The NHL had Knoblauch mic’ed for Game 7 in Vancouver, and released this snippet of him talking to his team during the timeout he called when the Canucks scored two late goals to close to 3-2.

“He’s been very calm all year,” said Oilers veteran winger Mattias Janmark. “And in the position we were when he came in (31st place in the NHL), that helped. It’s kind of spread through the team throughout the year.”

Knoblauch didn’t take that timeout in Game 1, and the Oilers watched a 4-2 third period lead get away. But he used it in Game 7, and coupled with a late, on-ice meeting presided over by Nurse, the Oilers got Game 7 to the finish line.

“In a game like that, when things crumble a little bit — when you get pressured and things are falling apart — (it’s important) to take that timeout, reset and start over. We played pretty good from there on out.”

[brightcove videoID=6353528294112 playerID=JCdte3tMv height=360 width=640]

How They Line Up

Both coaches promised the same lineups as their clinching game in Round 2, so that means no Adam Henrique or Roope Hintz in this series — yet.

Hintz is a top centreman in the NHL, big at six-foot-three and 212 pounds, and an annual 35-goal, 70-point player. He’s a huge loss for the Stars, out with what is believed to a hand injury, and has been skating to stay in shape.

“The legs are fine, wind is fine,” said Stars head coach Peter DeBoer. “He’s got an upper-body (injury) that’s keeping him out, but he’s progressing and really close.”

As for Henrique, Knoblauch said he is close too.

“We’re expecting him early in the series — whether that’s Game 1, 2 or 3. We’ll definitely be seeing him at some point,” the coach said.

“It’s painful watching,” said Henrique, who got into just one game in Round 2 after injuring an ankle in the first round versus Los Angeles.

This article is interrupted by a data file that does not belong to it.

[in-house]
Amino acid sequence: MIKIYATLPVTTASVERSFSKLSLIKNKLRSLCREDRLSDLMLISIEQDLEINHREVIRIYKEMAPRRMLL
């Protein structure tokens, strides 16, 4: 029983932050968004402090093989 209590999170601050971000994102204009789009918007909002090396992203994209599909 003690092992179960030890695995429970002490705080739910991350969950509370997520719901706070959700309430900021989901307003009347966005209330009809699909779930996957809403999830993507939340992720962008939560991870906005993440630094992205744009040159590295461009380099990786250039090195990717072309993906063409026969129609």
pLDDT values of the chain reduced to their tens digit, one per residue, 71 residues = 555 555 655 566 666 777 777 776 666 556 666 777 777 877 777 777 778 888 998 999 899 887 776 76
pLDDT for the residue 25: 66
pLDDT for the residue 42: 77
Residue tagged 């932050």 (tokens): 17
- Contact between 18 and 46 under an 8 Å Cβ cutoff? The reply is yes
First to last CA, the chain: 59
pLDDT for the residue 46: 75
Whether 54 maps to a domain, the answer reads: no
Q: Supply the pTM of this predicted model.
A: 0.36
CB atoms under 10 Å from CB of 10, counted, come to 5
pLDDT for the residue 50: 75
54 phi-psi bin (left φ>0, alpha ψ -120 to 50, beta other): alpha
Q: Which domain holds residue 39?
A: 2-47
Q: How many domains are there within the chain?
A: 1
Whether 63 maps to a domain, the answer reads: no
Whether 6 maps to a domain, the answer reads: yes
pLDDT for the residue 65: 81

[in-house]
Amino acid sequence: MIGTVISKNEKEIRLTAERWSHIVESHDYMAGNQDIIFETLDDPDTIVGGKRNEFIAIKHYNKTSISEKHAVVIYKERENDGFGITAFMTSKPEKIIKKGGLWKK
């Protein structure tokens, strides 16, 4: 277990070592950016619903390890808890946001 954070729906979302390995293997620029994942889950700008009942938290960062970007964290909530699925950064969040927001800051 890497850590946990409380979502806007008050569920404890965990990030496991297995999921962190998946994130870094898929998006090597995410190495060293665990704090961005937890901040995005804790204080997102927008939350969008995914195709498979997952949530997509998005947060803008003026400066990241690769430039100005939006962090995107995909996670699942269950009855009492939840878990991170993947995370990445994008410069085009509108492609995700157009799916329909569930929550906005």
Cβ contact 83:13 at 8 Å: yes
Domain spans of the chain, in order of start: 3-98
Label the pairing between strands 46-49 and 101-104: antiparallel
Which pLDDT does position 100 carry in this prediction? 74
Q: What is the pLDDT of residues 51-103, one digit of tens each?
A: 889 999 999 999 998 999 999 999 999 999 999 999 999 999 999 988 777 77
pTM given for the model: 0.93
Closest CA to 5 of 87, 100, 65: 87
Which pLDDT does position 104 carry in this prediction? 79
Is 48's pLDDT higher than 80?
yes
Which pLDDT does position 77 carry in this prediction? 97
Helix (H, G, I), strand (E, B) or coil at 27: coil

Here are your Game 1 lines:









[brightcove videoID=6353460632112 playerID=JCdte3tMv height=360 width=640]

Old Friends, New Series

The two general managers in this series — Edmonton’s Ken Holland and Dallas’ Jim Nill — first met as teammates with the Medicine Hat Tigers in the mid-70s.

“He kind of took me under his wing a little bit,” Nill said of Holland. “He was a goalie and I was a young rookie coming in. We built a relationship.”

Holland’s four-game NHL career concluded well before Nill’s, who played 524 NHL games. But when Holland found himself in management with the Detroit Red Wings and Nill was ready to retire, he called his old buddy.

“Kenny Holland, Jimmy Devellano, Scotty Bowman — I got to work under those men,” said Nill, whose scouting acumen is considered one of the highest in hockey today. “They’ve meant so much to me, to be able to learn from some of the greatest minds in the game.”

The two won four Cups together. “Probably left three or four more on the table,” Nill said. “That’s how competitive that (Red Wings) team was.”

Holland called Nill for a chat after the Oilers eliminated the Canucks on Monday, but said that will be the last time they’ll speak over the next couple weeks during Round 3. He’ll likely even avoid his brother Dennis Holland, who scouts for the Stars out of the British Columbia interior.

The Oilers GM did have one last call to take, however: From Bob Ridley, the legendary bus driver and play-by-play man down in Medicine Hat, now retired.

“I said, ‘Bob, did you think back in 1975 that you’d be driving around two general managers who are meeting in the conference final 50 years later?’” said Holland, with a laugh.

When submitting content, please abide by our submission guidelines, and avoid posting profanity, personal attacks or harassment. Should you violate our submissions guidelines, we reserve the right to remove your comments and block your account. Sportsnet reserves the right to close a story’s comment section at any time.